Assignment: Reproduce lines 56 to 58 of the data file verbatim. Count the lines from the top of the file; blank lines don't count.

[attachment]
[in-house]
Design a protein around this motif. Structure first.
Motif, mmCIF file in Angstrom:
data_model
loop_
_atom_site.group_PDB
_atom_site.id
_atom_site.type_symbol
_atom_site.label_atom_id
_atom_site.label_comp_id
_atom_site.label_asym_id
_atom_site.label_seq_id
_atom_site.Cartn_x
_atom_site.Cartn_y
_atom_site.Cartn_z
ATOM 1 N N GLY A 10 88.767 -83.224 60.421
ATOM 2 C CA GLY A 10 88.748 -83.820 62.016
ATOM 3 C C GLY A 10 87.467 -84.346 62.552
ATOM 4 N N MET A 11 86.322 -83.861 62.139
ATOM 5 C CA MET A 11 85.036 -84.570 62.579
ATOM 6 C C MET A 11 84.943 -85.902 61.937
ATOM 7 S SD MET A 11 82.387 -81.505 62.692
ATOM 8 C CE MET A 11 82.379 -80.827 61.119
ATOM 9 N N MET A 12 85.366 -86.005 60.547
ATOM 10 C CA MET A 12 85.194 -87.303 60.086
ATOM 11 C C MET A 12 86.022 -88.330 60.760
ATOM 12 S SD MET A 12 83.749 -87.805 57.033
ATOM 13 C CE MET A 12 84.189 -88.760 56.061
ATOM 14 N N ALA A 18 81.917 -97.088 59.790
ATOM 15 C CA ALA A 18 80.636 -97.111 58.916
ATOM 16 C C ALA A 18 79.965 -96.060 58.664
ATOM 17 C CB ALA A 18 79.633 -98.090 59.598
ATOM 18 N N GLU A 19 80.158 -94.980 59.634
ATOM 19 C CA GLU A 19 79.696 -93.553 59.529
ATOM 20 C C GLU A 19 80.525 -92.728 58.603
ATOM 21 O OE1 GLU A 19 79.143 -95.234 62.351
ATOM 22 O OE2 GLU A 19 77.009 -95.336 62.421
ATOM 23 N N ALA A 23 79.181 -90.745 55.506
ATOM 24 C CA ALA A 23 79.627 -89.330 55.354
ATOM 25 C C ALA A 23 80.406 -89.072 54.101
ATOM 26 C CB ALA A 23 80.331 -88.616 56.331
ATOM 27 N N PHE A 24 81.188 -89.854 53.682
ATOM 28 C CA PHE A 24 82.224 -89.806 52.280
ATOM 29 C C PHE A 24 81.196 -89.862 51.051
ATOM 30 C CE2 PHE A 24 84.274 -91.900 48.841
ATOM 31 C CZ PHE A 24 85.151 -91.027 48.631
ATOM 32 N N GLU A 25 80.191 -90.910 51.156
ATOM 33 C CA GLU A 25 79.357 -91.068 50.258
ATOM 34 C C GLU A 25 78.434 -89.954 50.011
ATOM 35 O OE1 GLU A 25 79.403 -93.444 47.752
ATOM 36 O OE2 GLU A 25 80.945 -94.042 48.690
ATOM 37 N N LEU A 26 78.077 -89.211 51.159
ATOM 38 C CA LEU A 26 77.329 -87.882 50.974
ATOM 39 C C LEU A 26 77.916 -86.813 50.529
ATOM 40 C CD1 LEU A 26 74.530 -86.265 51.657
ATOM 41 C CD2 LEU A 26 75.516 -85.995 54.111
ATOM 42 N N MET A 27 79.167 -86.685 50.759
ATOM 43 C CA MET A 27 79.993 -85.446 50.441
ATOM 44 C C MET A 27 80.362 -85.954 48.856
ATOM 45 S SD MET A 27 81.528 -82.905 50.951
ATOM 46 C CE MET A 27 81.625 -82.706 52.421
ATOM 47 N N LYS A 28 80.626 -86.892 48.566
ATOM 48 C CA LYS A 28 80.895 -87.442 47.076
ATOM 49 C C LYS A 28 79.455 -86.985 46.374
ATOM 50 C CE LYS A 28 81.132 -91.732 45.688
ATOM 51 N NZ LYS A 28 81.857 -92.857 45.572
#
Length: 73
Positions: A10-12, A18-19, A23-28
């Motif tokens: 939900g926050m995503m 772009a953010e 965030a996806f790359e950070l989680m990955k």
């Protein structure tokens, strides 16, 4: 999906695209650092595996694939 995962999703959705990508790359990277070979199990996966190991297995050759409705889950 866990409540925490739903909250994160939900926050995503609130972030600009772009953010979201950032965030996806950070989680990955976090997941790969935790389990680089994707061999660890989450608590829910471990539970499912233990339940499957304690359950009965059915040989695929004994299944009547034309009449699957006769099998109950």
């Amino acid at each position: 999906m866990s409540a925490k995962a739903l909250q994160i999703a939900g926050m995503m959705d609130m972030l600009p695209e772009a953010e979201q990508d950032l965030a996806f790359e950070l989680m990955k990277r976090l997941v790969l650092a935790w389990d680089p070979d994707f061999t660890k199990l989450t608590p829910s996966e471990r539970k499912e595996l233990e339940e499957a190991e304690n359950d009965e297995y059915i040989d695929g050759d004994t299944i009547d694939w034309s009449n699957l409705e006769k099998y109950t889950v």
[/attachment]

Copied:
ATOM 41 C CD2 LEU A 26 75.516 -85.995 54.111
ATOM 42 N N MET A 27 79.167 -86.685 50.759
ATOM 43 C CA MET A 27 79.993 -85.446 50.441